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Ruther v. VSP N America LLC

United States District Court, W.D. Michigan, Southern Division

June 6, 2017

L. RUTHER, Plaintiff,
v.
VSP N AMERICA LLC, Defendant.

          OPINION

          GORDON J. QUIST UNITED STATES DISTRICT JUDGE

         Plaintiff, L. Ruther, proceeding pro se, has filed a one-page, unsigned, hand-written complaint against VSP N America LLC. Ruther attached a one-page, unsigned letter from VSP North America LLC to Protex Offroad and LED Lights stating, in part: “I am pleased to inform you that we have attained Al Ruther to process invoice number 2297.” (ECF No. 1-1 at PageID.4.) Ruther's allegations in his complaint are not clear. In fact, they are incoherent. From what the Court can discern, Ruther alleges that VSP N America LLC owes Ruther some amount of money, may have breached a contract, committed fraud and/or stole money from Ruther. Ruther's last paragraph states: “I order crime trial Stach, VSP steal $18, 000, services, fraud I, other similar contractors.” (ECF No. 1.)

         On May 18, 2017, the magistrate judge issued an order granting Ruther leave to proceed in forma pauperis. (ECF No. 5.) Pursuant to 28 U.S.C. § 1915(e)(2), the Court is required to dismiss any action brought under federal law if the complaint is frivolous, malicious, fails to state a claim upon which relief can be granted, or seeks monetary relief from a defendant immune from such relief. 28 U.S.C. § 1915(e)(2); see also Benson v. O'Brian, 179 F.3d 1014, 1016 (6th Cir. 1999) (holding that "§ 1915(e)(2) applies only to in forma pauperis proceedings"). The Court must read Ruther's pro se complaint indulgently, see Haines v. Kerner, 404 U.S. 519, 520, 92 S.Ct. 594, 596 (1972), and accept his allegations as true, unless they are clearly irrational or wholly incredible. Denton v. Hernandez, 504 U.S. 25, 33, 112 S.Ct. 1728, 1733 (1992).

         First, Ruther fails to sufficiently allege that this Court has jurisdiction over his claim or claims. Ruther cites no federal statutes, so there is no basis to conclude that Ruther invokes this Court's federal question jurisdiction 28 U.S.C. § 1331. In addition, Ruther fails to establish diversity jurisdiction under 28 U.S.C. § 1332(a). “Diversity jurisdiction requires two elements: complete diversity of the parties and an amount in controversy exceeding $75, 000.” Naji v. Lincoln, 665 F. App'x 397, 400 (6th Cir. 2016) (citing § 1332). Even reading Ruther's complaint liberally, Ruther has not alleged that the amount in controversy exceeds $75, 000. Moreover, Ruther has not established diversity of citizenship. We know from the complaint that Ruther lives in Virginia and, is likely a Virginia citizenship. Ruther fails to establish that VSP N America, LLC is diverse-in other words, is not a citizen of Virginia. Although VSP N America LLC is located in Grand Rapids, Michigan, a limited liability company such as VSP N America LLC has the citizenship of its members. Delay v. Rosenthal Collins Grp., 585 F.3d 1003, 1005 (6th Cir. 2009). Ruther fails to allege not only the members of VSP N America LLC, but also the citizenship of its members.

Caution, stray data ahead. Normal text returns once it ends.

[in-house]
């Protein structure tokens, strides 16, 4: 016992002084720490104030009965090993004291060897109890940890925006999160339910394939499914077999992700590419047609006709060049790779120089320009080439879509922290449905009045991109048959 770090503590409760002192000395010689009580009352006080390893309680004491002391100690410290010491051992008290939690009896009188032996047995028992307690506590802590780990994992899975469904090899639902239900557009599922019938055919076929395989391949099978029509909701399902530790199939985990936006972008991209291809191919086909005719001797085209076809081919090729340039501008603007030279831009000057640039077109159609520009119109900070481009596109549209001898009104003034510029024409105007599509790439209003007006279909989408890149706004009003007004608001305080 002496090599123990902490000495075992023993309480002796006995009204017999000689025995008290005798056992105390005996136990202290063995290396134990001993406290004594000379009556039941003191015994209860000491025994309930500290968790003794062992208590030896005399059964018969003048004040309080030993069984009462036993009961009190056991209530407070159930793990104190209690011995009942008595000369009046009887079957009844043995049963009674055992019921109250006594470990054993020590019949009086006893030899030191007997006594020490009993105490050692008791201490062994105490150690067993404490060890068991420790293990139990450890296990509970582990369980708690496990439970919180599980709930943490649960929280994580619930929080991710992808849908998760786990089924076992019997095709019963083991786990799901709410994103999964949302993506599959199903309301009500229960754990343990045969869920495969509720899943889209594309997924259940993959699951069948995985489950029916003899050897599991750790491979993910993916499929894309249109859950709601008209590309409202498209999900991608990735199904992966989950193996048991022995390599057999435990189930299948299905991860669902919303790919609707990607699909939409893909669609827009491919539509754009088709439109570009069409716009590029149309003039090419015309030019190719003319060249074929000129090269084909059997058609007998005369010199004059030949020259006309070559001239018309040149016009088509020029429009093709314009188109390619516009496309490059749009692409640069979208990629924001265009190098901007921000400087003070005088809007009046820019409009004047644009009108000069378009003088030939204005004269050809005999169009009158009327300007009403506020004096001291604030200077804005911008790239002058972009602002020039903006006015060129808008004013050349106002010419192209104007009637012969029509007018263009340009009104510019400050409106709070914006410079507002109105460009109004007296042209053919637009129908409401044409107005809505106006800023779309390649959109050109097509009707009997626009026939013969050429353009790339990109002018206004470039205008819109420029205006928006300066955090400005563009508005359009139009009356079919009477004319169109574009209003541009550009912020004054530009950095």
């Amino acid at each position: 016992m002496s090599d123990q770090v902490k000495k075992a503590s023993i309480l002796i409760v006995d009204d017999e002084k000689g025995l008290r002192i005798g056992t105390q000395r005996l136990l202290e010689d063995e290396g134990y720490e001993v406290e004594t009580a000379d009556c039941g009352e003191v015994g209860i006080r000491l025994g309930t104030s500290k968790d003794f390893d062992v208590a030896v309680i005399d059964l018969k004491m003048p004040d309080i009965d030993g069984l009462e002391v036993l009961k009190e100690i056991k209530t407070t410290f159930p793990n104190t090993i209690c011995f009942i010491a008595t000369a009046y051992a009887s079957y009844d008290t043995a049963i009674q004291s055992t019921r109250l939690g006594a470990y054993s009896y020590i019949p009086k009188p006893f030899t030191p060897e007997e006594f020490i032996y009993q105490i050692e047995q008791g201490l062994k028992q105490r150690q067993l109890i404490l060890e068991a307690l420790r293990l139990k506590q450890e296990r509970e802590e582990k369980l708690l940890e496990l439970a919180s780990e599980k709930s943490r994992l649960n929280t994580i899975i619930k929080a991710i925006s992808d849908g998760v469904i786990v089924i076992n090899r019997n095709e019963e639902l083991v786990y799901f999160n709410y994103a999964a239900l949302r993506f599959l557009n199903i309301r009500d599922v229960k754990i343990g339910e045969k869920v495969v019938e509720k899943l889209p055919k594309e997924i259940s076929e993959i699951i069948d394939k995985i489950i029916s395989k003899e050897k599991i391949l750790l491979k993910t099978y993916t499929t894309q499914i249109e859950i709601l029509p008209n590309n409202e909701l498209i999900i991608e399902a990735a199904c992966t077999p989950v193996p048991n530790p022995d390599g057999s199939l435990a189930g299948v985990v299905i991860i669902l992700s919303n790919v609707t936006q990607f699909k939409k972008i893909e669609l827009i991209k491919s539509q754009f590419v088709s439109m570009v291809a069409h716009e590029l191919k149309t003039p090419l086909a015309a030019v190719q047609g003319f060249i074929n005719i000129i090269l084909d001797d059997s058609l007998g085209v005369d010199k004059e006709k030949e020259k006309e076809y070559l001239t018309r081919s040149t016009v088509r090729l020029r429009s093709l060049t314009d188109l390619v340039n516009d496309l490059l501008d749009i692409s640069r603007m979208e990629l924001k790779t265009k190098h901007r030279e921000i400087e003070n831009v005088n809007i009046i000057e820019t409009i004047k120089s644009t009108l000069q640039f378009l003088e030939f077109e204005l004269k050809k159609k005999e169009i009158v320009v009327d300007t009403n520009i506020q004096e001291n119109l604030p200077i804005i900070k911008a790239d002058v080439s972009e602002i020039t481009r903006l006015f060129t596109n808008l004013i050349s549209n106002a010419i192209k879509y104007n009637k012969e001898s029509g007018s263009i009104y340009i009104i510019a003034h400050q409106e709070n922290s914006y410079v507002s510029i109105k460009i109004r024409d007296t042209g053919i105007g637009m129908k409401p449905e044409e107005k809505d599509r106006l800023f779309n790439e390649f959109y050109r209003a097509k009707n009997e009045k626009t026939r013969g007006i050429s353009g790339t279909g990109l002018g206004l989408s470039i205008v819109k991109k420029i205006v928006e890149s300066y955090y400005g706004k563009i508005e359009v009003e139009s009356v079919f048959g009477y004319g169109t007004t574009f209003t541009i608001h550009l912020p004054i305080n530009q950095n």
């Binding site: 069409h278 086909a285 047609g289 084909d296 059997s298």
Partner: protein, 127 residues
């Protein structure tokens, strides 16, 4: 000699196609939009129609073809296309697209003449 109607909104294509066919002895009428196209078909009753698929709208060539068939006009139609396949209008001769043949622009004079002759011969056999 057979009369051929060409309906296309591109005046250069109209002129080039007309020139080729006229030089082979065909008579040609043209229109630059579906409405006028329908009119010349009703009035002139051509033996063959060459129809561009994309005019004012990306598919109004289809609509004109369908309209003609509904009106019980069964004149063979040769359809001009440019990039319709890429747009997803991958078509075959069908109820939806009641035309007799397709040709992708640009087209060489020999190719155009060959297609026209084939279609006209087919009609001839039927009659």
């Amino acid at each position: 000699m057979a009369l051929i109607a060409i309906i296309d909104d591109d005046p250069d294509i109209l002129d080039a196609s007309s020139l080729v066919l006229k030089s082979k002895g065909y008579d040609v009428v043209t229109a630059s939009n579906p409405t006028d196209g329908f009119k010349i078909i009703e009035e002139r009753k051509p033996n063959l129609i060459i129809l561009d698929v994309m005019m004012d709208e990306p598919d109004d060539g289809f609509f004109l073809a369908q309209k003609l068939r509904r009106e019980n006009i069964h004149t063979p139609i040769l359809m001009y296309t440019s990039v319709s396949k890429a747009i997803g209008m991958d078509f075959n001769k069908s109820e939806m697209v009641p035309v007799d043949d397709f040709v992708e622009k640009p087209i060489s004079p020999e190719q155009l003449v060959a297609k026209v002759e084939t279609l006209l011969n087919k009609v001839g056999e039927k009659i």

Even if the Court had jurisdiction over Ruther's complaint, it would still be subject to dismissal under § 1915(e)(2) for failure to state a claim.

         A complaint may be dismissed for failure to state a claim if “‘it fails to give the defendant fair notice of what the . . . claim is and the grounds upon which it rests.'” Bell Atlantic Corp. v. Twombly, 550 U.S. 544, 555 (2007) (quoting Conley v. Gibson, 355 U.S. 41, 45-46 (1957). While a complaint need not contain detailed factual allegations, a plaintiff's allegations must include more than labels and conclusions. Twombly, 550 U.S. at 555; Ashcroft v. Iqbal, 556 U.S. 662, 678 (2009) (“Threadbare recitals of the elements of a cause of action, supported by mere conclusory statements, do not suffice.”). A court must determine whether the complaint contains “enough facts to state a claim to relief that is plausible on its face.” Twombly, 550 U.S. at 570. “A claim has facial plausibility when the plaintiff pleads factual content that allows the court to draw the reasonable inference that the defendant is liable for the misconduct alleged.” Ashcroft, 556 U.S. at 678. Although the plausibility standard is not equivalent to a “‘probability requirement, ' . . . it asks for more than a sheer possibility that a defendant has acted unlawfully.” Id. (quoting Twombly, 550 U.S. at 556). “[W]here the well-pleaded facts do not permit the court to infer more than the mere possibility of misconduct, the complaint has alleged - but it has not ‘show[n]' - that the pleader is entitled to relief.” Id. at 679 (quoting Fed.R.Civ.P. 8(a)(2)).

         Ruther fails to allege a set of coherent facts giving rise to a claim. He mentions fraud and “steal[ing], ” but fails to put forth sufficient allegations that would enable the Court to conclude that VSP N America LLC did something wrong. “Although pro se pleadings are to be liberally construed, courts are not required to conjure up unpleaded allegations or guess at the nature of an argument.” Brown v. ...


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